The Guardian Angel Acrylic on canvas, 2014

Iranian artist Mohammad Bozorgi is a leading figure among the new generation of contemporary calligraphers. After training with the Society of Iranian Calligraphers for over a decade and mastering various calligraphic scripts, he decided to leave the institution and liberate himself from the constraints of this formal, traditional training by experimenting with new ideas.

Bozorgi, who has a degree in Biomedical Engineering, combines his training as an engineer with his knowledge of Islamic calligraphy in his innovative paintings. He uses mathematical calculations and the intricate symmetry and pictorial invention of classical calligraphy to create abstract illusions of movement and space in his compositions.

His latest exhibition in Dubai, “Transcendental Strokes” features a series of works that reflect new experiments in merging the text based abstraction of Islamic art with the aesthetic concerns of contemporary painting. The paintings are deeply spiritual in content and feel. Working with words and passages from the Quran, and the many names of God, the artist has transformed them into powerful visual manifestations that allude to metaphysical existence.

By stretching, compressing, intertwining and mirroring the letters, he has created fluid forms that seem to float and swarm across the canvas or burst out to convey the chaos and turbulence that surrounds us as well as to connect us to a higher world that is infinite and tranquil.

Bozorgi’s layered, textured paintings reflect the endless movement and creative energy that exist in our universe, from the microcosmic level of the atom to the orbiting heavenly bodies and exploding stars in outer space. “For me words are like moulding clay in the hands of a playful child, and I love to experiment with the myriad possibilities of geometry, symmetry, proportion and form,” he says.

To give viewers an understanding of the process by which he creates the feeling of movement and infinity in his dynamic paintings, the show includes the pencil sketches and ink drawings he made before embarking on the final large scale paintings on canvas, many of which are composed of multiple panels. Also on display are the mathematical and traditional instruments he uses such as set squares, protractors, ellipse templates, compasses and reed brushes.

The titles of the paintings refer to the spiritual nature of the words contained within them. “The words are very important and meaningful in my work, but I first decide what form I want to create and the feeling that I want to convey before choosing the appropriate words. It is not easy for young artists to release themselves from the restrictive rules and traditions of classical calligraphy, but my engineering background has helped me to experiment with the forms to create the feeling of expanding, exploding or compression in my paintings,” Bozorgi says.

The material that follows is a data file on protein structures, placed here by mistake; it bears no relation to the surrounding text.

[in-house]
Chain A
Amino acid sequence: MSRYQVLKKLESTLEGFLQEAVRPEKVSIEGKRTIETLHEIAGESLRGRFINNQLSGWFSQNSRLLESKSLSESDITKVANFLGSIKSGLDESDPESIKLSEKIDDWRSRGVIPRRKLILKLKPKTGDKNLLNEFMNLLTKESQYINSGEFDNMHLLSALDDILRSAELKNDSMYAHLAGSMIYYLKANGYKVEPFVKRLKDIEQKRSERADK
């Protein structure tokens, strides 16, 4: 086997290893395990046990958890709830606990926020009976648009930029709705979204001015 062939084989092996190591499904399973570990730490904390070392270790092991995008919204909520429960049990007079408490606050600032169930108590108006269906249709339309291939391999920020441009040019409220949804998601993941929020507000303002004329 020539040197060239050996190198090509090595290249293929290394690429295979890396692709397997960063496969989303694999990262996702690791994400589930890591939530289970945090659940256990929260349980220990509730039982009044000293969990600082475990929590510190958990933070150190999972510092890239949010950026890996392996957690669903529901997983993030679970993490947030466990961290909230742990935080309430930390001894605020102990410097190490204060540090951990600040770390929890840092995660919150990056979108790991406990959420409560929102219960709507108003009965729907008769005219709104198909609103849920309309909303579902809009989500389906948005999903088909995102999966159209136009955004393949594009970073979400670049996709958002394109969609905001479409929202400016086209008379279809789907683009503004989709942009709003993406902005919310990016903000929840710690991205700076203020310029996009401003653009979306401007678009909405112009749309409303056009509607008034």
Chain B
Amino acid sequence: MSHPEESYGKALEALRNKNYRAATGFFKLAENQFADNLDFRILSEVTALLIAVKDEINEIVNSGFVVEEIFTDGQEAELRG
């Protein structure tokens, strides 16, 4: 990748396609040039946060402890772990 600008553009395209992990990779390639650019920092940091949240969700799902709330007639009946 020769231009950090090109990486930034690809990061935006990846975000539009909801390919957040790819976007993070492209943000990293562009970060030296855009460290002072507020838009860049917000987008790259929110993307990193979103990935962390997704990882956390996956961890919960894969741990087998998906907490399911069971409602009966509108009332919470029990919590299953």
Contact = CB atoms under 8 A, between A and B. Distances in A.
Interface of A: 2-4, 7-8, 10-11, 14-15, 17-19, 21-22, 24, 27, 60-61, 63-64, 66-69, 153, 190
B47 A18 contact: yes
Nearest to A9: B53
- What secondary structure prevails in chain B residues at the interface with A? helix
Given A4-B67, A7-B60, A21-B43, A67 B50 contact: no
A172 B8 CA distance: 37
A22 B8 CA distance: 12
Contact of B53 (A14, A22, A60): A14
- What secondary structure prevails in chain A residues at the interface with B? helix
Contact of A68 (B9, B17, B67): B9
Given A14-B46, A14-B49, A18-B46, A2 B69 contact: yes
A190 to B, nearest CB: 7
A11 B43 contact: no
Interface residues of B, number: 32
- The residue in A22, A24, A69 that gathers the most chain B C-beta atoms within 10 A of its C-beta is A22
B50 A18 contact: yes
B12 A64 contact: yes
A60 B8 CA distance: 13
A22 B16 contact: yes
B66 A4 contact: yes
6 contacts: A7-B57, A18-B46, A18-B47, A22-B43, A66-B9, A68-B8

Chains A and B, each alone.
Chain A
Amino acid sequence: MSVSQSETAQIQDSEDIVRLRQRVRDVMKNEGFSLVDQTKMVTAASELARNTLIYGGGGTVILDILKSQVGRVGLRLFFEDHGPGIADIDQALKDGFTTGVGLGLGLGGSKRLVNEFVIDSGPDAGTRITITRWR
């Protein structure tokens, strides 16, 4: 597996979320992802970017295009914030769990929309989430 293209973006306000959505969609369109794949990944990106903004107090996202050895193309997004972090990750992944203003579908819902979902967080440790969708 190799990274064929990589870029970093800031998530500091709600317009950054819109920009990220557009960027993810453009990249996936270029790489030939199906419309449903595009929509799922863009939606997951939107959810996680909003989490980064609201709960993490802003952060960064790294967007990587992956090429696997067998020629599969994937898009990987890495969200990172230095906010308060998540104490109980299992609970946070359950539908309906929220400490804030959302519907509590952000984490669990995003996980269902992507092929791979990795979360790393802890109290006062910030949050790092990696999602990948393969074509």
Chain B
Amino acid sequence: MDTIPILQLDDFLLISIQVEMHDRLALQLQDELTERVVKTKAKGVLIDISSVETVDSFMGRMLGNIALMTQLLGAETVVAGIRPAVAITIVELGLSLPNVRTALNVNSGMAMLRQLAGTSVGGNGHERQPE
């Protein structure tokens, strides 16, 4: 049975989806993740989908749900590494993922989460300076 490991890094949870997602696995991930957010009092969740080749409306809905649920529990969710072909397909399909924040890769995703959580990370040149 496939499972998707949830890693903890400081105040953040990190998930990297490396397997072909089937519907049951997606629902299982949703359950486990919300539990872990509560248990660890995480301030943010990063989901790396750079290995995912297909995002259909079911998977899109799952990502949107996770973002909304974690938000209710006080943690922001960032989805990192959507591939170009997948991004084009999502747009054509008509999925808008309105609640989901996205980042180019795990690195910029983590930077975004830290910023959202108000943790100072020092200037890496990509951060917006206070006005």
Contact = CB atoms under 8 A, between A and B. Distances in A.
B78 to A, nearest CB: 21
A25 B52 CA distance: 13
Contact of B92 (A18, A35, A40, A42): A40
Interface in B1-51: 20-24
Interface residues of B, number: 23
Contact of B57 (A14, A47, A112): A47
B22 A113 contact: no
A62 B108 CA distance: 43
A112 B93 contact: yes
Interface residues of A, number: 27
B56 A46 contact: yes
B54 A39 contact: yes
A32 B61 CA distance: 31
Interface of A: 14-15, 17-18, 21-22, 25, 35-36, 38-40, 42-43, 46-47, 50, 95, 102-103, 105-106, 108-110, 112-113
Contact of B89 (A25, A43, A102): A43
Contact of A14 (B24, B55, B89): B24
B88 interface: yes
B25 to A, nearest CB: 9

The forms he creates and the titles he gives to his paintings eloquently express metaphysical concepts that can be grasped even by those who cannot read the Arabic script. For example, in “The Paradoxical Reality” the monochrome canvas is divided into two mirroring sides, both with the name of God. But one is depicted as a positive and the other as a negative thus reflecting the dualities of life.

Similarly, in “The Maker”, two canvases join at an angle, and the words are gradually stretched and distorted to the point of complete abstraction drawing viewers into an immersive experience of being in an infinite space. “In this painting I wanted to depict that delicate point when our soul becomes one with our Maker. I like to use this ancient calligraphic technique of mirroring because it emphasises the words and forms making them stronger and more beautiful,” Bozorgi says.

Other paintings, such as “The Watcher”, “The Guardian Angel” and “The Creator–the Source”, express the artist’s faith that God, who created everything, is always watching over us and protecting us from danger. The word “Eshgh” presented in the form of a fountain in “Cascade” depicts the feeling of being revitalised by the cool, refreshing splashes of love.

And the movement from chaos to orderliness in “Perplexity” speaks about the belief that as we search for our way through the chaos that surrounds us, God will guide us towards our goal. “I have tried to show that we begin as small, confused beings, but gradually as we acquire knowledge and experience, we grow and the chaos around us reduces, and we realise that our ultimate destination is God,” the artist says.

The largest work in the show, “He Will Provide” comprises 13 hexagonal canvases. “This painting is inspired by Surah An-Nahl, or The Bees Surah. By recognising the complex mechanisms of beehives and the miraculous production of honey, it expresses our belief that God will always provide for mankind. I have tried to create the effect of swarming by using layers of paint, texturing, and elongating the words as they move outwards from the centre, and I have used the contrast of black and silver to symbolise the reality of human life and the kindness and purity of God,” Bozorgi says.

“Transcendental Strokes” will run at Ayyam Gallery, Al Quoz, until July 30.